Junk games and schoolchildren | Centre for Science and Environment

Sunita Narain

Director General of CSE and publisher of Down To Earth, an environmentalist pushing for changes in policies and  practices and mindsets. More>>

Junk games and schoolchildren

 “There is nothing called junk food. The problem with obesity lies with children who do not exercise enough. What is needed is for them to run and jump, and to do this they need to consume high-calorie food. So, food high in salt, sugar and fat is good for them.” This is what was argued vehemently and rudely by representatives of the food industry in the committee, set up under directions from the Delhi High Court to frame guidelines for junk food in the country.

On the face of it there was no one from the junk food industry in the committee. In the early meetings, we only knew that there were members of two associations who were representing the food industry in the committee. But as discussions got under way, it became clear that the big junk food industry was present in the meeting. We learnt that the member representing the National Restaurant Association of India was a top official from Coca-Cola—the world’s most powerful beverage company that is at the centre of the junk food debate globally. The other grouping, All India Food Processors Association, was represented by Swiss food giant Nestle, which has commercial interest in instant noodles and other junk food.

The other members of the committee were eminent paediatricians, nutritionists and public health specialists. The committee had been set up because of a case filed in 2010 by Delhi-based NGO Uday Foundation, which asked for a ban on junk food in schools and in their vicinity. In September 2013, the High Court ordered the government to set up a committee to frame guidelines for food as the “ill effects of eating junk food have been documented by public health experts and also paediatricians”.

The first move by the junk food industry was to block the setting up of the committee itself. But the court rejected this. The industry then changed tactics to argue that the problem was not junk food but lack of physical activity.

For the rest of us in the committee the issues were: what makes food junk; why is it bad for our health; and what is being done to regulate junk food in other parts of the world? A working group was set up to frame the guidelines to present to the expert committee, which in turn would then report to the court.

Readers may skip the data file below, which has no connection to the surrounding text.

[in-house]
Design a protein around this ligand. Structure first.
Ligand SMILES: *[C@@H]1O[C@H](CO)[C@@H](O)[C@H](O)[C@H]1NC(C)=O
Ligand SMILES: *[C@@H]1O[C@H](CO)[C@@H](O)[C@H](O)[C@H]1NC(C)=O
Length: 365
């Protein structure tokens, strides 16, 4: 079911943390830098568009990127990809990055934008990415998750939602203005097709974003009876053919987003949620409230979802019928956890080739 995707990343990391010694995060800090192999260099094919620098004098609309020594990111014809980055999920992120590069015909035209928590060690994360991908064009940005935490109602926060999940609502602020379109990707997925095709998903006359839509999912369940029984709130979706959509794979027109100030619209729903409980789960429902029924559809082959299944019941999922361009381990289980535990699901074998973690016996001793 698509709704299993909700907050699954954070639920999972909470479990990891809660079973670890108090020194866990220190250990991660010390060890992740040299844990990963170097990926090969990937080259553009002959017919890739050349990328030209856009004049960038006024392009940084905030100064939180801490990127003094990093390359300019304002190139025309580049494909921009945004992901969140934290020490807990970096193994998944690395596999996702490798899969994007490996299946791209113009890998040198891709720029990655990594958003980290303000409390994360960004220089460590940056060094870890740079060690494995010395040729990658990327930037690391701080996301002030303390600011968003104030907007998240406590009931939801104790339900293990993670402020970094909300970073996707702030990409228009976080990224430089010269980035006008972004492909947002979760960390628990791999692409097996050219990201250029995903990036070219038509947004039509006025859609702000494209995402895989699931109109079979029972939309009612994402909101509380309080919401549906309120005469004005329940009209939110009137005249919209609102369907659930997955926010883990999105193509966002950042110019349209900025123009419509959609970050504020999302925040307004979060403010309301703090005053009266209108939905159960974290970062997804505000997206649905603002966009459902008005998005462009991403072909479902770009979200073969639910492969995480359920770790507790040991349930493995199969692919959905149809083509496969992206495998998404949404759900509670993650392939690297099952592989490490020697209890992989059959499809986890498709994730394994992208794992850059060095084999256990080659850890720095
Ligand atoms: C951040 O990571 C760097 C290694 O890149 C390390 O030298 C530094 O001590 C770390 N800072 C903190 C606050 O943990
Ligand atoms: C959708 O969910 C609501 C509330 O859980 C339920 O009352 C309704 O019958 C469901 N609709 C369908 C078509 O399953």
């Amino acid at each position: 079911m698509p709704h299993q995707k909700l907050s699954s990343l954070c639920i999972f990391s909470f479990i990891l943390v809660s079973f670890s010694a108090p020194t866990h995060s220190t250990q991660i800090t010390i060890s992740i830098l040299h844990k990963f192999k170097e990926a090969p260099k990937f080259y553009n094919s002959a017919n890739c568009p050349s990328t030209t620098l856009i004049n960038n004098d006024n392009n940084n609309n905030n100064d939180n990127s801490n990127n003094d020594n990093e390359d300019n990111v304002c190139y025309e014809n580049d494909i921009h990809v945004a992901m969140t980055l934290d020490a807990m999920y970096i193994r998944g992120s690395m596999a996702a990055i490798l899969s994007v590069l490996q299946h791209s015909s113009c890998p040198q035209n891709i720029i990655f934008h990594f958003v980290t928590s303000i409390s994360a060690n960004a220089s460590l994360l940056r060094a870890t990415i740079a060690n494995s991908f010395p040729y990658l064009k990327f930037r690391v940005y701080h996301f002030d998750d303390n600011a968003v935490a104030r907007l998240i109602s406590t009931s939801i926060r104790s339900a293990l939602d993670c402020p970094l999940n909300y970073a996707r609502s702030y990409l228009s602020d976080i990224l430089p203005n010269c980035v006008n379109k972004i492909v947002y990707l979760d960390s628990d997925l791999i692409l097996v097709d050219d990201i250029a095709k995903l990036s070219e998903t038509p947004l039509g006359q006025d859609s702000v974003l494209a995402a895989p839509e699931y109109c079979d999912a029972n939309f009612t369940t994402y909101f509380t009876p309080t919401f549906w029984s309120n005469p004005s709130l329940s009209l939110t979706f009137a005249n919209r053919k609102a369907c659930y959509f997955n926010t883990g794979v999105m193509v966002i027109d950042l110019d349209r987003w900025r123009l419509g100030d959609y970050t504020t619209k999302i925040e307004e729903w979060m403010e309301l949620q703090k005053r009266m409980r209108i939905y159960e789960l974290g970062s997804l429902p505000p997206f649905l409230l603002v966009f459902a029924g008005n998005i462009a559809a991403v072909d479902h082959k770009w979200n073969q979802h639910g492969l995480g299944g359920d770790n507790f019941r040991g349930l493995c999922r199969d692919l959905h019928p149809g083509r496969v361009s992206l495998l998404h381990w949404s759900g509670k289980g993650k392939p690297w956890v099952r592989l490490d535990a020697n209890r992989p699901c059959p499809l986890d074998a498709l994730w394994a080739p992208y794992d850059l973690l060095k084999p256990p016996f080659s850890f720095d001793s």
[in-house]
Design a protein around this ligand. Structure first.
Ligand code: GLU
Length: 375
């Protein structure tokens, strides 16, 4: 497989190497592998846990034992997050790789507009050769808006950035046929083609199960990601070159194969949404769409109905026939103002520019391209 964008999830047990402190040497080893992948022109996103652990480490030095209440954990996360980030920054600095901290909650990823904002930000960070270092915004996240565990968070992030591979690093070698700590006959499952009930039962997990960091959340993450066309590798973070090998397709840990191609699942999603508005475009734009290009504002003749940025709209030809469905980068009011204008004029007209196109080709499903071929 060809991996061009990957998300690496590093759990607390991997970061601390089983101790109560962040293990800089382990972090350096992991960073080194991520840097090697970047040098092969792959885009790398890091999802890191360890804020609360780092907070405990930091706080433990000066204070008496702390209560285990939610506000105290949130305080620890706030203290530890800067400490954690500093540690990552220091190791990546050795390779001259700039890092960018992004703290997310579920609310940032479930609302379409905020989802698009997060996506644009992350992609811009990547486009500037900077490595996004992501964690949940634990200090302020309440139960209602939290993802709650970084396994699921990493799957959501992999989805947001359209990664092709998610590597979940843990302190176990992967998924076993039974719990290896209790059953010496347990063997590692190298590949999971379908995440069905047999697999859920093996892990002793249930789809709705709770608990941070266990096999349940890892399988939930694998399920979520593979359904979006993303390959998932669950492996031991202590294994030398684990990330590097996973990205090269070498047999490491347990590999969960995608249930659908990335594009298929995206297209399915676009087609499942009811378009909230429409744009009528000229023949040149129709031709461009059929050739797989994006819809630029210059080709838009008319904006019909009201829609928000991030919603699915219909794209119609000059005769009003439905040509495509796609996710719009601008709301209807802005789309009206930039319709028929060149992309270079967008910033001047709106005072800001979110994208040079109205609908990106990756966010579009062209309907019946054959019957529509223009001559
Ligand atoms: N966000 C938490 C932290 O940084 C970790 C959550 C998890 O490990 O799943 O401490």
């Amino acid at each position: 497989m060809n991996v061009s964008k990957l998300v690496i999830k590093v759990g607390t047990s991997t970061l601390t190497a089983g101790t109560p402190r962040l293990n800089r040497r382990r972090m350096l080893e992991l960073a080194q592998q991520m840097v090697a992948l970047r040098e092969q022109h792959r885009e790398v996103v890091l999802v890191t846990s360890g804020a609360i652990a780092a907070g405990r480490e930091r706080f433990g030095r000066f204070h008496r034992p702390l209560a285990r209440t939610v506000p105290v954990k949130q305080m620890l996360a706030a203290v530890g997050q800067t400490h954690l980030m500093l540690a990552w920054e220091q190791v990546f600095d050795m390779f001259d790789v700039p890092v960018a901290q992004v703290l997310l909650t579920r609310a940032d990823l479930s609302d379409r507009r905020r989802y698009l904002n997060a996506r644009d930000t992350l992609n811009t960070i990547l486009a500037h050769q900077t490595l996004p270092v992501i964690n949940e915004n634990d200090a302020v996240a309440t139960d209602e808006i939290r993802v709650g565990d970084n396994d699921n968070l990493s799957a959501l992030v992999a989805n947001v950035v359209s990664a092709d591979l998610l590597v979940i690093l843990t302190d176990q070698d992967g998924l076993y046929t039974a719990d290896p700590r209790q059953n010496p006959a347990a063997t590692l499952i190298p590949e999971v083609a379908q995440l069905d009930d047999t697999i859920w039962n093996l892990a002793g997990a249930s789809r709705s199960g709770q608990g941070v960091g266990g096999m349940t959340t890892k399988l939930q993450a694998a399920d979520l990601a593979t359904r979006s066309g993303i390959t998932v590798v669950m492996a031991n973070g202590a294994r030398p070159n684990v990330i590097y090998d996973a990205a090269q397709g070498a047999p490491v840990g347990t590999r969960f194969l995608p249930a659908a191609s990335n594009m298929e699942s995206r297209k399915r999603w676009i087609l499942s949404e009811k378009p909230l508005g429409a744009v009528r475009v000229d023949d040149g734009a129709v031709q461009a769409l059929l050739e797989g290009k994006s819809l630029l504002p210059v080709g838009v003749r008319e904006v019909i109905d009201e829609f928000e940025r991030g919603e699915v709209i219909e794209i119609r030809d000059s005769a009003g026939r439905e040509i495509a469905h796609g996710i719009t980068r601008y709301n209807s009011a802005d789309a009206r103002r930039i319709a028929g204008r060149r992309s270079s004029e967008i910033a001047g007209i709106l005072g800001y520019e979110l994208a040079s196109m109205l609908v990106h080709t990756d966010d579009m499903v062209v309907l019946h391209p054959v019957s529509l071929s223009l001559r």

The Hyderabad-based National Institute of Nutrition has defined junk food as food that contains little or no protein, vitamin or minerals but is rich in salt, fat and energy. There is also robust evidence of the linkage between consumption of this food and non-communicable diseases like diabetes, hypertension and heart diseases. Childhood obesity has become the most serious health concern; even in our part of the world were malnutrition is a big concern. Study after study points to high-calorie intake because of unrestricted access to energy-dense fast food in school canteens and neighbourhoods. While exercise is vital, it is not a substitute for a balanced diet.

World over governments are acting to tax junk food, ban it in schools and restrict its advertisement. All this is adding up to high-profile campaigns, where celebrities shun endorsement of this food and push for healthier options. In the US, first lady Michelle Obama has taken on the mantle to campaign against junk food.

The question before the working group was not whether action was needed, but how to address these concerns. The first step was to build the criteria to define and identify junk food—how much of sugar or fat or salt in food is unhealthy. Based on this, a list was prepared of the most common junk food that would need to be regulated. It included chips and other fried packaged food; carbonated beverages; instant noodles; and confectionery.

The working group was unanimous in its position: children are not the best judge of their food and are aggressively targeted by ads and seduced by celebrities. Moreover, schools are the right place to learn right values about nutrition. We, therefore, recommended a ban on junk food in and around schools, and also a canteen policy that foods categorised as green (healthy) would constitute over 80 per cent of the choices available. We said that non-standardised junk food, like samosa, would be available sparingly in the canteens. There would be efforts to “green” this food through better ingredients and cooking mediums. This food was categorised as orange. Red category food—common junk food—would not be available at all.

But all this would not work unless people are informed about what they are eating. To do this, labelling on food should specify how much fat, sugar or salt it contained in relation to their daily diet. The working group also recommended strongly against celebrity endorsement.

But this was clearly unacceptable to big business. They struck back. By now they could not argue that nothing should be done. The health evidence was overwhelming. Their position was that instead of banning such food, children should be asked to “eat responsibly”. But they could not explain what eating responsibly meant. The final report of the committee has two positions: the industry says the availability of junk food should be restricted or limited in and around schools; the rest say junk food should be banned. Now the report is with the High Court for it to take a decision. Wait and watch this space for more. This is business not to be left to business to decide.


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